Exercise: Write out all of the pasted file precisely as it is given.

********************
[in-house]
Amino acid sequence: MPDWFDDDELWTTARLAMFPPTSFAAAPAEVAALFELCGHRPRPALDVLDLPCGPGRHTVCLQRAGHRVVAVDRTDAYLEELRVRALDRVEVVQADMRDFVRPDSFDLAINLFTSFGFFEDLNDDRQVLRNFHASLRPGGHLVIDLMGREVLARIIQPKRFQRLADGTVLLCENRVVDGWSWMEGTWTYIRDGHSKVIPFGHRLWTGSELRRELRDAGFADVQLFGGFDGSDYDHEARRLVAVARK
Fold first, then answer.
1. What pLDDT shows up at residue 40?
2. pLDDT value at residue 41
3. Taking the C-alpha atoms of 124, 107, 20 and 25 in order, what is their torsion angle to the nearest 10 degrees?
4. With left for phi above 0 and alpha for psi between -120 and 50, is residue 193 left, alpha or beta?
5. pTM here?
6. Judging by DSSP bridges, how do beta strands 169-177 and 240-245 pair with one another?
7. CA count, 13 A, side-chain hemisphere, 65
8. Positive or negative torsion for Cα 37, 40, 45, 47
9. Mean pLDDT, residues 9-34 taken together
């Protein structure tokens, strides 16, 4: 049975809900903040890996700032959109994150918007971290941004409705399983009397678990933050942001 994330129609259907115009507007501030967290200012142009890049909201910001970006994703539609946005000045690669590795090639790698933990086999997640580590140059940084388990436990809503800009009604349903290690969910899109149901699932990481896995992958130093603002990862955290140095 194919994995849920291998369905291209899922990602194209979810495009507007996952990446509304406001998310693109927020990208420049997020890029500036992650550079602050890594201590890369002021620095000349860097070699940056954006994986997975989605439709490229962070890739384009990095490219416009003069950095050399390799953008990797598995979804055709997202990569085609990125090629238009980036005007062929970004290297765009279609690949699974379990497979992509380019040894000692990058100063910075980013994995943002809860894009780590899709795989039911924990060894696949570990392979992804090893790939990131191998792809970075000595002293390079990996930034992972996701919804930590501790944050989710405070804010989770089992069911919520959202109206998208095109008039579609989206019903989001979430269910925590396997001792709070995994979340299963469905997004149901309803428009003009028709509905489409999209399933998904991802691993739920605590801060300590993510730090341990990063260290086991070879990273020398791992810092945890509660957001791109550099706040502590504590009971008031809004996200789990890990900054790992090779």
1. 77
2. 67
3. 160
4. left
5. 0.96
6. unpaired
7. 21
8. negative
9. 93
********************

[in-house]
Amino acid sequence: MPDWFDDDELWTTARLAMFPPTSFAAAPAEVAALFELCGHRPRPALDVLDLPCGPGRHTVCLQRAGHRVVAVDRTDAYLEELRVRALDRVEVVQADMRDFVRPDSFDLAINLFTSFGFFEDLNDDRQVLRNFHASLRPGGHLVIDLMGREVLARIIQPKRFQRLADGTVLLCENRVVDGWSWMEGTWTYIRDGHSKVIPFGHRLWTGSELRRELRDAGFADVQLFGGFDGSDYDHEARRLVAVARK
Fold first, then answer.
1. What pLDDT shows up at residue 40?
2. pLDDT value at residue 41
3. Taking the C-alpha atoms of 124, 107, 20 and 25 in order, what is their torsion angle to the nearest 10 degrees?
4. With left for phi above 0 and alpha for psi between -120 and 50, is residue 193 left, alpha or beta?
5. pTM here?
6. Judging by DSSP bridges, how do beta strands 169-177 and 240-245 pair with one another?
7. CA count, 13 A, side-chain hemisphere, 65
8. Positive or negative torsion for Cα 37, 40, 45, 47
9. Mean pLDDT, residues 9-34 taken together
């Protein structure tokens, strides 16, 4: 049975809900903040890996700032959109994150918007971290941004409705399983009397678990933050942001 994330129609259907115009507007501030967290200012142009890049909201910001970006994703539609946005000045690669590795090639790698933990086999997640580590140059940084388990436990809503800009009604349903290690969910899109149901699932990481896995992958130093603002990862955290140095 194919994995849920291998369905291209899922990602194209979810495009507007996952990446509304406001998310693109927020990208420049997020890029500036992650550079602050890594201590890369002021620095000349860097070699940056954006994986997975989605439709490229962070890739384009990095490219416009003069950095050399390799953008990797598995979804055709997202990569085609990125090629238009980036005007062929970004290297765009279609690949699974379990497979992509380019040894000692990058100063910075980013994995943002809860894009780590899709795989039911924990060894696949570990392979992804090893790939990131191998792809970075000595002293390079990996930034992972996701919804930590501790944050989710405070804010989770089992069911919520959202109206998208095109008039579609989206019903989001979430269910925590396997001792709070995994979340299963469905997004149901309803428009003009028709509905489409999209399933998904991802691993739920605590801060300590993510730090341990990063260290086991070879990273020398791992810092945890509660957001791109550099706040502590504590009971008031809004996200789990890990900054790992090779």
1. 77
2. 67
3. 160
4. left
5. 0.96
6. unpaired
7. 21
8. negative
9. 93